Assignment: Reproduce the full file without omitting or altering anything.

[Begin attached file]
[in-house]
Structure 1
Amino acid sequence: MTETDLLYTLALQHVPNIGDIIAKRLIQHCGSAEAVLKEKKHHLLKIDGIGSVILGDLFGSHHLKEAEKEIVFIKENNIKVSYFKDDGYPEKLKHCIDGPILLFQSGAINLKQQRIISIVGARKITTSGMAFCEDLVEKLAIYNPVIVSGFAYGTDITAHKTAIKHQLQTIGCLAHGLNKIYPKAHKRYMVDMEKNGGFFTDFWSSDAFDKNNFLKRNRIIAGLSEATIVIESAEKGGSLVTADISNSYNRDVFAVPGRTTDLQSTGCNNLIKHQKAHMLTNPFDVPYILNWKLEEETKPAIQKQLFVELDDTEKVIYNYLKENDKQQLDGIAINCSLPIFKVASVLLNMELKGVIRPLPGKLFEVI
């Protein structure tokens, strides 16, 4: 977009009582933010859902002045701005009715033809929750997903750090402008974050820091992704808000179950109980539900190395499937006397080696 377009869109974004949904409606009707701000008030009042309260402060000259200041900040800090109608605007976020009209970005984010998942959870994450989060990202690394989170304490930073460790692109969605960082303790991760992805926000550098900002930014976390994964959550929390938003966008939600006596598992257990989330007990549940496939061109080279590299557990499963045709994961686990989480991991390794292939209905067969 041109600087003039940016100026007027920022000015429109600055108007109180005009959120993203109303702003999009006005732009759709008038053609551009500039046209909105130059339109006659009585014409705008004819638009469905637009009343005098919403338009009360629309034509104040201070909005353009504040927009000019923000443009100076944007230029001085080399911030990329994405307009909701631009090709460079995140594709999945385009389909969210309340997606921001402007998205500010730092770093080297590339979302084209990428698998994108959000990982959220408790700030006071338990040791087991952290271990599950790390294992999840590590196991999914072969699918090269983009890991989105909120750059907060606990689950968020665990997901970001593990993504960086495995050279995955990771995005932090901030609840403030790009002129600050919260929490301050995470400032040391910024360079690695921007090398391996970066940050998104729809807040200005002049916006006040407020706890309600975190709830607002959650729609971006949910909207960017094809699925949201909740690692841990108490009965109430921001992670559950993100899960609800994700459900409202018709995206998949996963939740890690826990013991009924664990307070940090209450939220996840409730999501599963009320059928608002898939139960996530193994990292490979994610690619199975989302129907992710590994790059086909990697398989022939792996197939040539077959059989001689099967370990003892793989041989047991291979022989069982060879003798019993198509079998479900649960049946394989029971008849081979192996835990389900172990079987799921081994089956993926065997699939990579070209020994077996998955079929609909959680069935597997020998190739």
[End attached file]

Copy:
[in-house]
Structure 1
Amino acid sequence: MTETDLLYTLALQHVPNIGDIIAKRLIQHCGSAEAVLKEKKHHLLKIDGIGSVILGDLFGSHHLKEAEKEIVFIKENNIKVSYFKDDGYPEKLKHCIDGPILLFQSGAINLKQQRIISIVGARKITTSGMAFCEDLVEKLAIYNPVIVSGFAYGTDITAHKTAIKHQLQTIGCLAHGLNKIYPKAHKRYMVDMEKNGGFFTDFWSSDAFDKNNFLKRNRIIAGLSEATIVIESAEKGGSLVTADISNSYNRDVFAVPGRTTDLQSTGCNNLIKHQKAHMLTNPFDVPYILNWKLEEETKPAIQKQLFVELDDTEKVIYNYLKENDKQQLDGIAINCSLPIFKVASVLLNMELKGVIRPLPGKLFEVI
């Protein structure tokens, strides 16, 4: 977009009582933010859902002045701005009715033809929750997903750090402008974050820091992704808000179950109980539900190395499937006397080696 377009869109974004949904409606009707701000008030009042309260402060000259200041900040800090109608605007976020009209970005984010998942959870994450989060990202690394989170304490930073460790692109969605960082303790991760992805926000550098900002930014976390994964959550929390938003966008939600006596598992257990989330007990549940496939061109080279590299557990499963045709994961686990989480991991390794292939209905067969 041109600087003039940016100026007027920022000015429109600055108007109180005009959120993203109303702003999009006005732009759709008038053609551009500039046209909105130059339109006659009585014409705008004819638009469905637009009343005098919403338009009360629309034509104040201070909005353009504040927009000019923000443009100076944007230029001085080399911030990329994405307009909701631009090709460079995140594709999945385009389909969210309340997606921001402007998205500010730092770093080297590339979302084209990428698998994108959000990982959220408790700030006071338990040791087991952290271990599950790390294992999840590590196991999914072969699918090269983009890991989105909120750059907060606990689950968020665990997901970001593990993504960086495995050279995955990771995005932090901030609840403030790009002129600050919260929490301050995470400032040391910024360079690695921007090398391996970066940050998104729809807040200005002049916006006040407020706890309600975190709830607002959650729609971006949910909207960017094809699925949201909740690692841990108490009965109430921001992670559950993100899960609800994700459900409202018709995206998949996963939740890690826990013991009924664990307070940090209450939220996840409730999501599963009320059928608002898939139960996530193994990292490979994610690619199975989302129907992710590994790059086909990697398989022939792996197939040539077959059989001689099967370990003892793989041989047991291979022989069982060879003798019993198509079998479900649960049946394989029971008849081979192996835990389900172990079987799921081994089956993926065997699939990579070209020994077996998955079929609909959680069935597997020998190739």